‘Social rounds’ are thought of as rounds of golf which can include kicking your ball, granting long ‘gimmes’ and a blatant disregard of the rules of golf. But once a golfer signs in for a handicapped round, it would no longer be deemed a ‘social round’ but should more appropriately be termed a ‘formal round’.

I fail to see how this form of golf will lead to more cheating which is, in effect the same as playing in a competition. The small, but significant number of gutter golfers who cheat would surely have more incentive to win club competitions than get a better handicap.

Australian golfers would still play ‘social rounds’ and they could also play ‘competition rounds’, but they would also be able to play ‘formal rounds’. This would see a golfer’s handicap more closely reflect their game without being forced to play club competitions during designated tee times.

I sincerely hope Golf Australia can adjust their terminology, try again and convince the conservatives that ‘formal rounds’ must be implemented. The worst part of all this is that much of the golfing world is laughing at this farce, including the Kiwis.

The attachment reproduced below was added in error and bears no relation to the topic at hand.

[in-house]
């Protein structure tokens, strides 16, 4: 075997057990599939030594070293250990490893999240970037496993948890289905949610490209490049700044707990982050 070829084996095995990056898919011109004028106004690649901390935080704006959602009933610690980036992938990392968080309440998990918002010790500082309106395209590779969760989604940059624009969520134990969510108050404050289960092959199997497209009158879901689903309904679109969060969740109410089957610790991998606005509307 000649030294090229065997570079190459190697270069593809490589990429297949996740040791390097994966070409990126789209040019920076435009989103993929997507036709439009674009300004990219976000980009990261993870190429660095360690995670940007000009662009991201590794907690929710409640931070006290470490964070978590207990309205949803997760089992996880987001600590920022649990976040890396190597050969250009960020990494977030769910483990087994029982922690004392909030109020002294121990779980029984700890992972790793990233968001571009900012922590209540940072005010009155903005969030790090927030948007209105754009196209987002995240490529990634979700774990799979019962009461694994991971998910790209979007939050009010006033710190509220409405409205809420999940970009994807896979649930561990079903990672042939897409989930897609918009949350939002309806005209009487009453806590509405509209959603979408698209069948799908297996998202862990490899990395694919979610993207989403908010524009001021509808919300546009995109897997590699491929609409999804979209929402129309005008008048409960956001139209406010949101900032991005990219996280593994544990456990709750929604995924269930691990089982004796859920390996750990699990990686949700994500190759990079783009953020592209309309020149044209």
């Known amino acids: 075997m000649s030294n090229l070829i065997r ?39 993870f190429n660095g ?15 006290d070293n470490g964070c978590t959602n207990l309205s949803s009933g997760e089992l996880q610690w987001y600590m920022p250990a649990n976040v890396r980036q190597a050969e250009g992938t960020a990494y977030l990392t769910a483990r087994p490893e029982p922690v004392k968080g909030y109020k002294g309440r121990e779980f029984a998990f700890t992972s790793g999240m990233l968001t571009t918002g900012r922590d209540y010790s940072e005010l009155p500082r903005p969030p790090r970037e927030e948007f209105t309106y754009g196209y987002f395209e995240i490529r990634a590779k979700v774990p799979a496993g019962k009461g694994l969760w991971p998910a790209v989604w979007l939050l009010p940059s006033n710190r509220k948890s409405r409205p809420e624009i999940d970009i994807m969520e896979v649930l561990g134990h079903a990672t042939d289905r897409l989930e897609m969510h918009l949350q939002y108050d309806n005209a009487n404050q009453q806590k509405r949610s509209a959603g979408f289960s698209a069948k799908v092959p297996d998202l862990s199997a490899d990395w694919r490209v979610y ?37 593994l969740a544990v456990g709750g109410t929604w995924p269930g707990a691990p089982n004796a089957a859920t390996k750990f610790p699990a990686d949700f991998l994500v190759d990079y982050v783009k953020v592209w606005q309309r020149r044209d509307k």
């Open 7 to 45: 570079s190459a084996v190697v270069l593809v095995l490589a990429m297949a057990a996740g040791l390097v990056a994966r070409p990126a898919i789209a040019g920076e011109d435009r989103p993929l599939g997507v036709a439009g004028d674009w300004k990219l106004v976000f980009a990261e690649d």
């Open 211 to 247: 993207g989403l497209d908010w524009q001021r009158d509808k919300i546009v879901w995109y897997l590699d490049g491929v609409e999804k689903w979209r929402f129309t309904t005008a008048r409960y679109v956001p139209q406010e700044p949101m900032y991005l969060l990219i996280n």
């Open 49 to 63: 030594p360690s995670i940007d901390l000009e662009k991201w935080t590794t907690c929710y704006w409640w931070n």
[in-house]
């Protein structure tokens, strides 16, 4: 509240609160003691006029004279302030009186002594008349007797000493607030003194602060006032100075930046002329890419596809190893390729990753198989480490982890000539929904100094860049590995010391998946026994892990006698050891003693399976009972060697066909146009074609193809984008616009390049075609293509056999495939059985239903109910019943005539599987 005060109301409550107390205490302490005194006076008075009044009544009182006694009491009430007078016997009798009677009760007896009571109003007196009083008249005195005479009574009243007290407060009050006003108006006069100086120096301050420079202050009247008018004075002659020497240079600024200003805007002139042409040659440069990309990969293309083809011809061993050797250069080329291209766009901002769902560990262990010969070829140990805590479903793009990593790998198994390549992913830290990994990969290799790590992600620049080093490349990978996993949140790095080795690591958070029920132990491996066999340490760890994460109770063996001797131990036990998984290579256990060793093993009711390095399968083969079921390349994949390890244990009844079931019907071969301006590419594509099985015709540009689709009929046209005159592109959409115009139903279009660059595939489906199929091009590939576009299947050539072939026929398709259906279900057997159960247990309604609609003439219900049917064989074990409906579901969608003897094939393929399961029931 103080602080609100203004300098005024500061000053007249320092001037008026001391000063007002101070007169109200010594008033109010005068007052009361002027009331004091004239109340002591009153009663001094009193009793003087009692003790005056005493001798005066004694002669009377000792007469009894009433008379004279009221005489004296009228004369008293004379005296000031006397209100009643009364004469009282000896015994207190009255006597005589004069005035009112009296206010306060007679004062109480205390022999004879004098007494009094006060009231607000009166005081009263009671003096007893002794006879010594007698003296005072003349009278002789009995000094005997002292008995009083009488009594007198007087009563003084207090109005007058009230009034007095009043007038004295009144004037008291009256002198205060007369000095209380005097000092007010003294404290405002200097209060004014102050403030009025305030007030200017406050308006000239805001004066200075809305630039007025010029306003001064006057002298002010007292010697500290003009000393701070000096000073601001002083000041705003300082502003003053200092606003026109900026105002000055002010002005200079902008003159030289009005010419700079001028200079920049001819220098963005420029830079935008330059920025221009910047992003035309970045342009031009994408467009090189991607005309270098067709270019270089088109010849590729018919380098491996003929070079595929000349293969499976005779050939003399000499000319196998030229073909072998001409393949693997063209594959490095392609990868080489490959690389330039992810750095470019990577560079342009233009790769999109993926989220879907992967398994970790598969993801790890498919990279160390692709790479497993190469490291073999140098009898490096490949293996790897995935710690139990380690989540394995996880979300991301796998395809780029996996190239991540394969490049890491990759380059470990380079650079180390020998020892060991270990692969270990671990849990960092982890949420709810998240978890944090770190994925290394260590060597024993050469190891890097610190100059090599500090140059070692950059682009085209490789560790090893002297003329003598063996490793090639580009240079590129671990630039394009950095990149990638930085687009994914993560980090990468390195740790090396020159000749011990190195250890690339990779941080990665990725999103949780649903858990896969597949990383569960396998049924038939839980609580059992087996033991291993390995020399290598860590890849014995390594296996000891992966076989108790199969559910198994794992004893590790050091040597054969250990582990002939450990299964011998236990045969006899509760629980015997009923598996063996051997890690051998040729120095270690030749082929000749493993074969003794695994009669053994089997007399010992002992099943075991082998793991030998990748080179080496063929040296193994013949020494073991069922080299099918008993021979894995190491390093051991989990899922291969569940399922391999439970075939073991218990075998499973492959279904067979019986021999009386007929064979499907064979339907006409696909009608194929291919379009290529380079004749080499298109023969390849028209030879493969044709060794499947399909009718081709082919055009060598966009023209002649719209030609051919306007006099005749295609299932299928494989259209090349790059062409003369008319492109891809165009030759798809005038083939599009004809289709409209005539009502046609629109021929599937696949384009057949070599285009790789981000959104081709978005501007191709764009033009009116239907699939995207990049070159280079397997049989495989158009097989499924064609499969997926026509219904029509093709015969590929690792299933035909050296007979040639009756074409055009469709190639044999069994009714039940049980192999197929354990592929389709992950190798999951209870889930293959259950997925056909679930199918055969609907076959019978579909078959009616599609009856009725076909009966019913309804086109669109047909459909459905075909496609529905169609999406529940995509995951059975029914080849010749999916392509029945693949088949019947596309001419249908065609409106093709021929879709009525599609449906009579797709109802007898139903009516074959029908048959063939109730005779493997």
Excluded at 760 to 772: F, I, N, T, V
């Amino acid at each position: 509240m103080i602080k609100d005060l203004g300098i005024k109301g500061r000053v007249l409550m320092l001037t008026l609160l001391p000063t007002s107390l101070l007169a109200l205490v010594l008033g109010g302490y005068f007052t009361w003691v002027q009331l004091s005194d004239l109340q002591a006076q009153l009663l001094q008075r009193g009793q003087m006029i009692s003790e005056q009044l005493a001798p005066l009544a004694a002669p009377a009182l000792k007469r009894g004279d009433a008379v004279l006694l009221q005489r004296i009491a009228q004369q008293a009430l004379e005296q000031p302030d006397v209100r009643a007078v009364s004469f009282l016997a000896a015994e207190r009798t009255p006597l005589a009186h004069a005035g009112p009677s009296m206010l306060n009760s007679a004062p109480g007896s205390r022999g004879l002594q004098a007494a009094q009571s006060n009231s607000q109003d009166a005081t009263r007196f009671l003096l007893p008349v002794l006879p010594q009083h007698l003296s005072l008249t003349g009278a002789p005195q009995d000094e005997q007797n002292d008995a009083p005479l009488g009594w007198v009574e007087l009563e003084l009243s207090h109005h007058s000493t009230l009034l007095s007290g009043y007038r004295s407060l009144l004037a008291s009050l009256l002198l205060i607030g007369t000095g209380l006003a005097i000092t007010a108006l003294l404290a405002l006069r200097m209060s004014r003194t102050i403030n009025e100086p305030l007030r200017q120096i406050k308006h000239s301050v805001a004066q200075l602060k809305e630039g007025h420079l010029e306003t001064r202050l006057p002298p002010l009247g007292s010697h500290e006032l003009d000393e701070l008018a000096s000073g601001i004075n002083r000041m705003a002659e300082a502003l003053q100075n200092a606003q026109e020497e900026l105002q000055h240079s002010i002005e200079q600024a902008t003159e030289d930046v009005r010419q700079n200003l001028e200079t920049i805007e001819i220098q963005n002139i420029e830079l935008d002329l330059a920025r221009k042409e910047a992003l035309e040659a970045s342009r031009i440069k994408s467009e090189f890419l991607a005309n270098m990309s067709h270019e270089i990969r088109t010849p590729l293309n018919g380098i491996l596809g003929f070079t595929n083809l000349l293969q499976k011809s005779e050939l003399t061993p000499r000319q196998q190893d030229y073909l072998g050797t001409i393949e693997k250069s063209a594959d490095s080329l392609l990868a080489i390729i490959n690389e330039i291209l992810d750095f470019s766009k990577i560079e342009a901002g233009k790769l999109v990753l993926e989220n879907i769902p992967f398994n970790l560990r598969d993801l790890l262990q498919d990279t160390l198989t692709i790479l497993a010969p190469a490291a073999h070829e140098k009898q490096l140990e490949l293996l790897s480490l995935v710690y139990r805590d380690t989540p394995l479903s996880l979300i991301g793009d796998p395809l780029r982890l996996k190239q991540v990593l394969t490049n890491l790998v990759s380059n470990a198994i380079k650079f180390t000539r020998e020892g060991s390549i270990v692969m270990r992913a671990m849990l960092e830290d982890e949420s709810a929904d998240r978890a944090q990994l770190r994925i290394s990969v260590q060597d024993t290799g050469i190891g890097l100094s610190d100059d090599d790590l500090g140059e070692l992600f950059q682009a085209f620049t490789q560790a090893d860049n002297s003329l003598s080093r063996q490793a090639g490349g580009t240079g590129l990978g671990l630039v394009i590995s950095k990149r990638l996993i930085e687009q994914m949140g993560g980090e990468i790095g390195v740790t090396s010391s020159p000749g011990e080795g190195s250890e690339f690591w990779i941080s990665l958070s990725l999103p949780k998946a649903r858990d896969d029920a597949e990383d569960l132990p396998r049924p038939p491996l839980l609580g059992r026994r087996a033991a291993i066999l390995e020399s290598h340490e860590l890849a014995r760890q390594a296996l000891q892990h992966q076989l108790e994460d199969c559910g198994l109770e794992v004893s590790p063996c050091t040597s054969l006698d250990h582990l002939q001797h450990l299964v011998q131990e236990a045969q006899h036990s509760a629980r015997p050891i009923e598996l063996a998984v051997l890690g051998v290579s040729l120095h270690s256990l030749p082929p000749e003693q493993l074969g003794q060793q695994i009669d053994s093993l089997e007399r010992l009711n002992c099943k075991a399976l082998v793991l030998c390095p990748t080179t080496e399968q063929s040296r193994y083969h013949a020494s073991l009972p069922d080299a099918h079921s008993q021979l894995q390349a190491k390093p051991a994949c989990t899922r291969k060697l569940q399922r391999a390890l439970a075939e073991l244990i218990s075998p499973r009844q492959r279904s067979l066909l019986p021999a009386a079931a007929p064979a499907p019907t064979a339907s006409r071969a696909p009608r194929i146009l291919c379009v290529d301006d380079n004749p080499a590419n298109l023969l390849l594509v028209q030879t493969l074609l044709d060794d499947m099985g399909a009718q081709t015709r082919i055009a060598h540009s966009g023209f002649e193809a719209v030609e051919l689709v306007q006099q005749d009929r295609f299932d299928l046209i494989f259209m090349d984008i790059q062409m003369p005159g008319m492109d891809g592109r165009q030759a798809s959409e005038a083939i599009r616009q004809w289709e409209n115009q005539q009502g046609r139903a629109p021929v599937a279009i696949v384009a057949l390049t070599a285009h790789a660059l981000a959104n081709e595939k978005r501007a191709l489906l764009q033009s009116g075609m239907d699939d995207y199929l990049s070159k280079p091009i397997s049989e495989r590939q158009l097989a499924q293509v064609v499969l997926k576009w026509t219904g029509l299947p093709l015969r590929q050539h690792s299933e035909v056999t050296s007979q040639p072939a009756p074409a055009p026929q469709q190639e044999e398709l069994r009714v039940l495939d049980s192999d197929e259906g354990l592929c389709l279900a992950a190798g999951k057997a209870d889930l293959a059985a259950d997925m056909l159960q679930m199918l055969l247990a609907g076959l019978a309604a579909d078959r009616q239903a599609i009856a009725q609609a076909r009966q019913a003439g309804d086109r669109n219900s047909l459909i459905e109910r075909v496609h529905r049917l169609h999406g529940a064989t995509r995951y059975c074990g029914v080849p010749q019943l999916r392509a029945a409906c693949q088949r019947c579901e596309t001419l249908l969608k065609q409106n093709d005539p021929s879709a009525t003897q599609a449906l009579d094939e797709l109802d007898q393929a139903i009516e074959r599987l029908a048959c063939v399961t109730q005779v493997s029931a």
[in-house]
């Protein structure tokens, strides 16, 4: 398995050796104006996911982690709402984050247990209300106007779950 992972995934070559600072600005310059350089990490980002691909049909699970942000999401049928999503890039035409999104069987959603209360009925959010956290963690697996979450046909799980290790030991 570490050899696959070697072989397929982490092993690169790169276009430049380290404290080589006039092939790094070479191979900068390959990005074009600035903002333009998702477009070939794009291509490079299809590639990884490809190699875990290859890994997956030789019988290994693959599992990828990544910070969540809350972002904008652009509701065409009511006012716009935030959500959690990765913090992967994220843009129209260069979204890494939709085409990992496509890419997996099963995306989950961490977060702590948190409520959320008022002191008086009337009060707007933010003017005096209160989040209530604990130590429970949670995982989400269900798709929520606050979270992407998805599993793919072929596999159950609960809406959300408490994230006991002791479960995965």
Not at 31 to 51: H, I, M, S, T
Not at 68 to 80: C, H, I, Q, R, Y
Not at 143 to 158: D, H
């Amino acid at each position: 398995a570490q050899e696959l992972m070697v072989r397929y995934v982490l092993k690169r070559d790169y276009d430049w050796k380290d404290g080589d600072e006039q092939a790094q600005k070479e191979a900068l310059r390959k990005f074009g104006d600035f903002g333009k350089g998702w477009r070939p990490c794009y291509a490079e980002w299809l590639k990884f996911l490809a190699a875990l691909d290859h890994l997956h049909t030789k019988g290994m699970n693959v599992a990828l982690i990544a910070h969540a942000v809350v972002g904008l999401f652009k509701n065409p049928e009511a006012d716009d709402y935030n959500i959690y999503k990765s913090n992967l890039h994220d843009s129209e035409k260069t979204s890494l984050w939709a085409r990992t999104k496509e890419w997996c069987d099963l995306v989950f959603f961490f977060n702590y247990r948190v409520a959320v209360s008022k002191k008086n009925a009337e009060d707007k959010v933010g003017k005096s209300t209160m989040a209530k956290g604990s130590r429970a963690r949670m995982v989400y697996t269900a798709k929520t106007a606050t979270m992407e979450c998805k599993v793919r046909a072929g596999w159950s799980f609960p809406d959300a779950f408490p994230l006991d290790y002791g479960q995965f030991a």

12 thoughts on “Australian golfers fear ‘social rounds’ for handicapping

  • October 28, 2010 at 02:29
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    Interesting. I had a round with a mate of mine that is off 2 (bastard) and he was saying how he really didn’t like the new system. Is it harsher on low handicappers?

    Piers

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  • October 28, 2010 at 02:41
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    The New Handicapping System is being abused everywhere.
    The system of giving back .96 a shot to players,
    in some cases to totaly reject the fair play system and are doing nothing but adding to their handicaps. Obviously this system has allowed the gutter golfers to stuffup club competitions to the extent in most clubs 9 or more under your h/cap is required to have any chance of a top place. This the American system who do not play Club Competitions but play against each other
    The system is definately not working apart from those playing Gutter Golf. What is to stop players in Social golf doing exactly that is happening in Club Competitions

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  • October 28, 2010 at 02:48
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    Hey Piers,